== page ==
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Letters from our readers

Issue: "GOP downfall," Nov. 18, 2006

Not the endgame

Marvin Olasky's column "Looking up, looking down" (Oct. 21) is right on the money. As a laborer in the trenches for a solid, pro-life Christian conservative, I often have to remind myself that political victories are not the endgame but merely a means of bringing more lost people into the kingdom. A Christian with a proper view of God's sovereignty knows that while men fail and kingdoms fall, God is still on the throne.
-Daniel Darling; Round Lake, Ill.

The reports of moral filth among Republicans are not isolated incidents. "De-Foley-ating" is not enough-radical internal surgery is required. True moral leadership will purge sin from the camp.
-LeRoy Whitman; Christiana, Pa.

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Republicanism and conservatism have parted ways ("Crucial decision," Oct. 21). I've stayed with the Republicans for too long. I'm leaving.
-Brian Keen; Palm Bay, Fla.


Another fine column by Andrée Seu ("Plucked out of the burning," Oct. 21). It demonstrates how vital it is to understand how God's sovereignty works out in every single person, regardless of how weak and sinful that person may be. Possibly John Wesley was referring to his sinful state beneath the Castle of Despair when he penned those words, "a brand plucked out of the burning." However, those words originated from his mother Suzanna when John, as a child, nearly died in a fire that devastated the parsonage. After he was rescued, his mother said, "Is this not a brand plucked out of the burning?" That saying stayed with John Wesley throughout his life.
-Pete Andreas; Pella, Iowa

Seu's column echoes this quote from church historian David Jeffrey: "God is ever pouring out His Spirit upon the world by means of human vessels, and it is well that the final judgment of these vessels' worth will not be that of either contemporaries or historians."
-John Kennedy; Philadelphia, Pa.

Sad beyond words

The tragic death of these babies is sad beyond words ("Learning from mistakes, the hard way," Oct. 21). As a nurse of 30 years and the mother of an infant who died, my heart goes out to the parents of these children, as well as the hospital staff involved in the incident. I have no doubt that the nurses involved in this situation are devastated.
-Ellen Peller; Spokane, Wash.

So many children

`0 Thank you so much for reporting on the situation in Ethiopia and Somalia ("A new jihad," Oct. 21). My husband and I are in the process of adopting four older children from Ethiopia. There are so many Christians adopting older children and large sibling groups as well as toddlers and infants. Thank you for reporting on the things that the media in the United States seem to care little about.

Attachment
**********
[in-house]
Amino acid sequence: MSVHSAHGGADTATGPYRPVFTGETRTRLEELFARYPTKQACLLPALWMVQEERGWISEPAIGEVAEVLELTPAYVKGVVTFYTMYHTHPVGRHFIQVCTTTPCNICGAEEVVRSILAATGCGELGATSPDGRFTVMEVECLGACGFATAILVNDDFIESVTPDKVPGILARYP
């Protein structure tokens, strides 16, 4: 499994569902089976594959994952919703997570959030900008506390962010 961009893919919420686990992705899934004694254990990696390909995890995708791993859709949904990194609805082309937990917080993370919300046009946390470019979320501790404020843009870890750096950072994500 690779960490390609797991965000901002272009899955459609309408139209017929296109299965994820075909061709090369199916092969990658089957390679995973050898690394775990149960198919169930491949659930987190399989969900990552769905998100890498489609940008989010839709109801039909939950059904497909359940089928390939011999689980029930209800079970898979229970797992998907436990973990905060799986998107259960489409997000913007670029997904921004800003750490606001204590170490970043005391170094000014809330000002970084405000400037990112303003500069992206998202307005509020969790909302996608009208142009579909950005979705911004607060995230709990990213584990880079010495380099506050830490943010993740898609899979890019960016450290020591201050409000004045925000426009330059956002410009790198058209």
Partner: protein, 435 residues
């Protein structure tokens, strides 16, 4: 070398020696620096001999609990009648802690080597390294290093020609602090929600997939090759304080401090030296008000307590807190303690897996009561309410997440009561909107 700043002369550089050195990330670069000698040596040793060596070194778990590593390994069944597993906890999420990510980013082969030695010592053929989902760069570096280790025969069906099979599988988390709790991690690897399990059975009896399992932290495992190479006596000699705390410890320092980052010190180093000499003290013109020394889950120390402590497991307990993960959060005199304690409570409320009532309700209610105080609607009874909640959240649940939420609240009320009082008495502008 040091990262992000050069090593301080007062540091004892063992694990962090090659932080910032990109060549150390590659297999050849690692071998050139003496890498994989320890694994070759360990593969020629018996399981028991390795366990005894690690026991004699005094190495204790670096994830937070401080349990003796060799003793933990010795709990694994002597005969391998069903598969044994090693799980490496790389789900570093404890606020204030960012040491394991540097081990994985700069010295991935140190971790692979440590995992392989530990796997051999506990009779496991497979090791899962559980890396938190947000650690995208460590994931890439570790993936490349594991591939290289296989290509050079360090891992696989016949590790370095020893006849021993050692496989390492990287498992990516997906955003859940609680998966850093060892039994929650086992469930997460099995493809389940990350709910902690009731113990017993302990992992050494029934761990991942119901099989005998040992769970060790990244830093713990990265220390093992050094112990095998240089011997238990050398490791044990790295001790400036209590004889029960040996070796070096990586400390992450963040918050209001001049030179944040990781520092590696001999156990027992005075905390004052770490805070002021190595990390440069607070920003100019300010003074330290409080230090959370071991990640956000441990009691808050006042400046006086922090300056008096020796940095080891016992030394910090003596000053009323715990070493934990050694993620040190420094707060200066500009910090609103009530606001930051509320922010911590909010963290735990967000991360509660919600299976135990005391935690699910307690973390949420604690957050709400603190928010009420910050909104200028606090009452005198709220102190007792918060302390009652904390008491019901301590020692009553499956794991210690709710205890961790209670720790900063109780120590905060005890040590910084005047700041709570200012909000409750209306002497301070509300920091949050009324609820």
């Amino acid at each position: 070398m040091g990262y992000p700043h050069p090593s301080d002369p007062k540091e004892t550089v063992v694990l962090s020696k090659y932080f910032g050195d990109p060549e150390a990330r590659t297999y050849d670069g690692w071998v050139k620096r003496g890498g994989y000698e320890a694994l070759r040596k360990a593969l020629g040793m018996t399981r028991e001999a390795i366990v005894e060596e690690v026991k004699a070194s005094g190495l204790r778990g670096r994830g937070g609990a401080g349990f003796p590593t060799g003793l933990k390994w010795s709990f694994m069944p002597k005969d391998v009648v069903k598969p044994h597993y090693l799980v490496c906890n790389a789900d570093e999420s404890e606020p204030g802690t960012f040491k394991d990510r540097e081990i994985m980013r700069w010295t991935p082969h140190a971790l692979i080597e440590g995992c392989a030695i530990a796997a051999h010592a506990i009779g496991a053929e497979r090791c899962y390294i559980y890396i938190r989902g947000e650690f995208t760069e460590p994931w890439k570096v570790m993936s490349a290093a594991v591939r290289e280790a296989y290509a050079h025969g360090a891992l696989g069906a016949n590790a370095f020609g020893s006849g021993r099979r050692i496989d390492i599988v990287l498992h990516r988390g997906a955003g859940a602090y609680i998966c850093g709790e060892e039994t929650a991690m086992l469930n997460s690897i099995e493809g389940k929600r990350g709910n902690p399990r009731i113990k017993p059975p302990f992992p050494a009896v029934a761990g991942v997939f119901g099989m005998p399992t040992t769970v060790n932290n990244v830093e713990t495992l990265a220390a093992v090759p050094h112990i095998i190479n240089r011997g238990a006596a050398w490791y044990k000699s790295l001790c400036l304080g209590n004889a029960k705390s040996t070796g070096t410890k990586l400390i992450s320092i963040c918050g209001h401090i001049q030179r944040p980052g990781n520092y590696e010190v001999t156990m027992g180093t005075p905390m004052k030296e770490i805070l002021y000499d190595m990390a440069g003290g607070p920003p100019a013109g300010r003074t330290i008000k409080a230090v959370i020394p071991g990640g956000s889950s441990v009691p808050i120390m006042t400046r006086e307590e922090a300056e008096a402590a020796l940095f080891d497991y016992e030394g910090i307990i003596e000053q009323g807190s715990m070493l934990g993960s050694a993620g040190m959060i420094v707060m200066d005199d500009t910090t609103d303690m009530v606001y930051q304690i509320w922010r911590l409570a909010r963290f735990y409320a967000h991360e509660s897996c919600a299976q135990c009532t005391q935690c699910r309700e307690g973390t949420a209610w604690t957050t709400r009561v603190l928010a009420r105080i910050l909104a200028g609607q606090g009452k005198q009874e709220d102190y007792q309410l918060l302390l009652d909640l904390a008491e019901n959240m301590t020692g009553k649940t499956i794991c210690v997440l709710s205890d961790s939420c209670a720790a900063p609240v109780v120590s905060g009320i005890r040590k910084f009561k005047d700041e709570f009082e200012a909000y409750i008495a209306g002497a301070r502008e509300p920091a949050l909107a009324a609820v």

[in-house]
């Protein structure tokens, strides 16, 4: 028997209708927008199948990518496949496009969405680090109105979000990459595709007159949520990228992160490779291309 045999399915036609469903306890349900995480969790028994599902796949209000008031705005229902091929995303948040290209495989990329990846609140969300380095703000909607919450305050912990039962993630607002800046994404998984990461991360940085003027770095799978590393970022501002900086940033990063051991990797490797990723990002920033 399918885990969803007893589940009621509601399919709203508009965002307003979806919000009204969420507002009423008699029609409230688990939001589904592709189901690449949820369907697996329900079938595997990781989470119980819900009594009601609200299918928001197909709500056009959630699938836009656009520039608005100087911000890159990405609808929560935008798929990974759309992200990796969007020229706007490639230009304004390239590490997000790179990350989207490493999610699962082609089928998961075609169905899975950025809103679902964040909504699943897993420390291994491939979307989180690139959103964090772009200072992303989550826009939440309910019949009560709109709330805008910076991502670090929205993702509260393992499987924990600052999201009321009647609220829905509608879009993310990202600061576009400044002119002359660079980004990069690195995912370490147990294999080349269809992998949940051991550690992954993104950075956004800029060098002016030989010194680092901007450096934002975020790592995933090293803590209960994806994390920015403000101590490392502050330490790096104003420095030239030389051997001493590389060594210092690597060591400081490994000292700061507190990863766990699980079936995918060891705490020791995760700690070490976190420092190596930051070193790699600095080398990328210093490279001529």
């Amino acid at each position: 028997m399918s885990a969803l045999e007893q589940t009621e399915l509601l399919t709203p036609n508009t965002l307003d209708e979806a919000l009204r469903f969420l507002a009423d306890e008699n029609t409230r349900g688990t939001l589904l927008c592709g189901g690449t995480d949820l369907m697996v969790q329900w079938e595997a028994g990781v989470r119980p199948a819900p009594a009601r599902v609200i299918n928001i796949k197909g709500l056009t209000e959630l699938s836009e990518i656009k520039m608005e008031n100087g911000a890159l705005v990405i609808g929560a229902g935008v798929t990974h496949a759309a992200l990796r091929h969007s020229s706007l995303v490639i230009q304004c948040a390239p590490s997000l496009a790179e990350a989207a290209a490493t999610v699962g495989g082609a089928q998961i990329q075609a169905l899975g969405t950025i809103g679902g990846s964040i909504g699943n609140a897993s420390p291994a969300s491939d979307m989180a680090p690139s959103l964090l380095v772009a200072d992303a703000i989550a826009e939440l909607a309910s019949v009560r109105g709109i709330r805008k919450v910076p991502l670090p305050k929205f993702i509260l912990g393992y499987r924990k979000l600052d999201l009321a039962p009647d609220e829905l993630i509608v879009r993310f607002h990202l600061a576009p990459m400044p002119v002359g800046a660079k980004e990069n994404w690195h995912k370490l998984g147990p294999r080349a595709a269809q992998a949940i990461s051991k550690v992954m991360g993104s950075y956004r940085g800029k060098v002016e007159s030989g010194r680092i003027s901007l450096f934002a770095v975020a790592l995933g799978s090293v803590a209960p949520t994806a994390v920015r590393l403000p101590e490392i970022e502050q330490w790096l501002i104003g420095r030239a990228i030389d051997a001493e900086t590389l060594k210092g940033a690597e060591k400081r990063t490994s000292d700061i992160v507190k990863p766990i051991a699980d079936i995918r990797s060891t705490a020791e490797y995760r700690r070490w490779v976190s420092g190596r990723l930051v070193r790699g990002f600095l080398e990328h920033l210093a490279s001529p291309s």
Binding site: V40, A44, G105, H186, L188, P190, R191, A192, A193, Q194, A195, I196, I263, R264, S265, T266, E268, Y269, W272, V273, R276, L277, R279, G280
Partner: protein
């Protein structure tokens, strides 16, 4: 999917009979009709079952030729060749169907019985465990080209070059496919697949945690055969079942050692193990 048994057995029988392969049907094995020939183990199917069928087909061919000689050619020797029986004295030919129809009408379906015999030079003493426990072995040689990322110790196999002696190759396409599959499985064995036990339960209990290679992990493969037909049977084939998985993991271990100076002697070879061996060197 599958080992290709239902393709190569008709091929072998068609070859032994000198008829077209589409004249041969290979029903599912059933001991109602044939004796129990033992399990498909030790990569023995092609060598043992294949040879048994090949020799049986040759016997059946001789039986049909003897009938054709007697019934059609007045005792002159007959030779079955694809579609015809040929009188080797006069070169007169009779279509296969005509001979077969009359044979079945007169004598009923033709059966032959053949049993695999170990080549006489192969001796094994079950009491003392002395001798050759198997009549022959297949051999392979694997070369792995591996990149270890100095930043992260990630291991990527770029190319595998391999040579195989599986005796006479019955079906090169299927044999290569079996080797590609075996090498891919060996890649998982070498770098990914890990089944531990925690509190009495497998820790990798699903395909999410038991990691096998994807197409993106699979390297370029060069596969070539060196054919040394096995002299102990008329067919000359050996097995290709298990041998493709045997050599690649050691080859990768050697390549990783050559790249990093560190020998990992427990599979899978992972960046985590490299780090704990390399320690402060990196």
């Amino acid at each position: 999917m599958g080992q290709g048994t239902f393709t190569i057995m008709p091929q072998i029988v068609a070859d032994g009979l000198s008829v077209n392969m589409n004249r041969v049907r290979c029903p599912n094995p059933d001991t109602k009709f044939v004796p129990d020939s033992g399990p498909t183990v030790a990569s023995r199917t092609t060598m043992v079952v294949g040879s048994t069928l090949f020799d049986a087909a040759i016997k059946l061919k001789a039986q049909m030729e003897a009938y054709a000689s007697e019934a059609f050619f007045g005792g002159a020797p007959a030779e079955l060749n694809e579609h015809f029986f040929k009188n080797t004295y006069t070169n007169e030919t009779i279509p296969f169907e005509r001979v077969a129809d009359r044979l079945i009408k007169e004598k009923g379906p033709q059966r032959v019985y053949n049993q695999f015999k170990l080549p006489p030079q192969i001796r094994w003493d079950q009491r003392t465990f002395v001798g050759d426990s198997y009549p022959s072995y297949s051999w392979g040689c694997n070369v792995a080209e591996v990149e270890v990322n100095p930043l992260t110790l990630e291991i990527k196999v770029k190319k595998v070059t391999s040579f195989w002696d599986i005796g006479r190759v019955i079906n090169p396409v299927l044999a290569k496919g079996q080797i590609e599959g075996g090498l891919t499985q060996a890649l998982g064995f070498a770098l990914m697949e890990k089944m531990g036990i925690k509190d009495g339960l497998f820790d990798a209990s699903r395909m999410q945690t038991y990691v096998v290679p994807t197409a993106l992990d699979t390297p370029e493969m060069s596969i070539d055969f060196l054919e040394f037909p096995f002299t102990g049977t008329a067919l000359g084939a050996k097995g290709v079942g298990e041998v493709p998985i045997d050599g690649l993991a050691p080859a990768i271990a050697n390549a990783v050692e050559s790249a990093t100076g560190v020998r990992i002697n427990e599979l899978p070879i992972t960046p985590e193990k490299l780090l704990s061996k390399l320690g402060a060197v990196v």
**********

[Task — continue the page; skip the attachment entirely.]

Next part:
-Robin Chomko; Collinsville, Ill.

I think the increased violence in Jima is a result of persecution that the church experiences whenever there is a serious movement of God in areas like this. I returned from Jima on Aug. 31 after working with 16 other Americans on an evangelistic mission. We all experienced threats of violence or death if we stayed, but over 6,000 heard the gospel and hundreds professed faith in Christ. Thirty-one Christians died for their faith, but we hear that since we left, 85 others have come to Christ.
-Tom Criswell; Grants Pass, Ore.

In the face of evil

How is it that, in the face of unimaginable evil, two little Amish girls were capable of offering their own lives in exchange for their friends ("Paradise lost," Oct. 14)? And how could a community of Amish folk embrace the family of their children's slayer? The real story behind the schoolhouse murders is not what police and school administrators could be doing to protect children physically but what churches should be doing to disciple their children and members to confront the evil all believers must face until Christ returns.
-Kimberley & Mark Bowman; Lodi, Calif.


Mark Bergin did an excellent job of explaining the uncharitable nature of this "charity" at the taxpayers' expense ("Bunks for drunks," Oct. 14). These programs are certainly filled with inefficiency and unbiblical values. Christians should oppose these programs so that we can be wiser givers and free to truly help our neighbors.
-Nathaniel Gilbert; Seneca Falls, N.Y.

When I started reading "Bunks for drunks," my first thought was, "How ridiculous." As I read further I found myself laughing out loud. By the time I finished the article I was reminded that we must pray for people trapped by alcohol and also for these silly deceived people who think that such a program as this could actually work.
-Al Wychers; Jamestown, Mich.


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